Each spring aedicule has a pair of Corinthian columns on high piers, in black and white marble, supporting an entablature with a red marble frieze and a cornice with modillions. Over this is a segmental pediment with a yellow marble tympanum and more modillions in the curve. The aedicule encloses an apsidal niche panelled in yellow, black and white marble and which has a large scallop shell in its conch. In between the column piers is a screen with its own segmental pediment and containing a grated aperture.
Over the two aedicules to left and right are two stained glass windows, but the central aedicule has an apse behind it with two small rectangular windows in its curving wall. The conch of this apse has a fresco depicting The Apotheosis of St Paul, with the apostle being presented to the Trinity by St Stephen. On the wall behind the aedicule is another fresco depicting The Martyrdom of St Paul.
In the lunette above the apse is St Paul Before Porcius Festus, over a tag saying Civis Romanus Sum. St Paul used his status as a Roman citizen to appeal to the emperor, which is why he was taken to Rome.
Each aedicule used to have a relief of the head of St Paul by Nicolas Cordier, but these have been stolen.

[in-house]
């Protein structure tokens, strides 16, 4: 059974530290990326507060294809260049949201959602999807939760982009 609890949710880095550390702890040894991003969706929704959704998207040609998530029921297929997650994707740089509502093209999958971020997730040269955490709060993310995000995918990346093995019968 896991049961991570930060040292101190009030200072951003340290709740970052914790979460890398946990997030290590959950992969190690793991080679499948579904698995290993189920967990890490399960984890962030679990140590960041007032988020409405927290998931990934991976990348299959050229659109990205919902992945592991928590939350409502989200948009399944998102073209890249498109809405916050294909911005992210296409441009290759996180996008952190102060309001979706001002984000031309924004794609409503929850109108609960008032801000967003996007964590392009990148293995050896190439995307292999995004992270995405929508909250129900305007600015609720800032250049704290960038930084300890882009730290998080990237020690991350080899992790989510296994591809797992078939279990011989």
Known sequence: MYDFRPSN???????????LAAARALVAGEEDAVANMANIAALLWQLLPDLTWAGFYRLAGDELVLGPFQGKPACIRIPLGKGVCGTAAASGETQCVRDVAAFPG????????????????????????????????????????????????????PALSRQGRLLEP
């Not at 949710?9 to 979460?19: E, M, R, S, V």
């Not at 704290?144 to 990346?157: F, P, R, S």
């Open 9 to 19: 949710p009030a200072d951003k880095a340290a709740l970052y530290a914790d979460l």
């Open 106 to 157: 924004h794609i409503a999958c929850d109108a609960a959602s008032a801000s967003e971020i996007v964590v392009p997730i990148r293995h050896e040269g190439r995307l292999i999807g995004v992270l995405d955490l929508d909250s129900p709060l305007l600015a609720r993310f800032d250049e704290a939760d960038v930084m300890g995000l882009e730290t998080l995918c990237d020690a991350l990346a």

The sound of the gurgling of the spring water used to fill the church, before the water was turned off recently.
The church has two altars, in apses facing each other. The aedicules have very similar designs, and are agaist the apse walls. Each has a pair of Corinthian columns in pink and white marble, supporting an entabature and a slightly oversized segmental pediment. The frieze of the entablature is in the same marble, and this entablature is extended along the curve of the apse wall on each side.
The altarpieces are within molded round-headed frames, with a pair of Aldobrandini stars in the spandrels. The altar of St Peter has a copy of The Martyrdom of St Peter by Guido Reni (the orginal is in the Vatican galleries), and that of St Paul has The Martyrdom of St Paul by Bartolomeo Passarotti.
The church is open, according to the abbey's website (July 2018):
Daily 8:30 to 12:30, 15:00 to 19:00.
Mass is celebrated (abbey's website, July 2018):
11:30 on Sundays, also 17:00 on Saturdays (for Sunday).
Web-page on abbey website (site is being remodelled, link may change)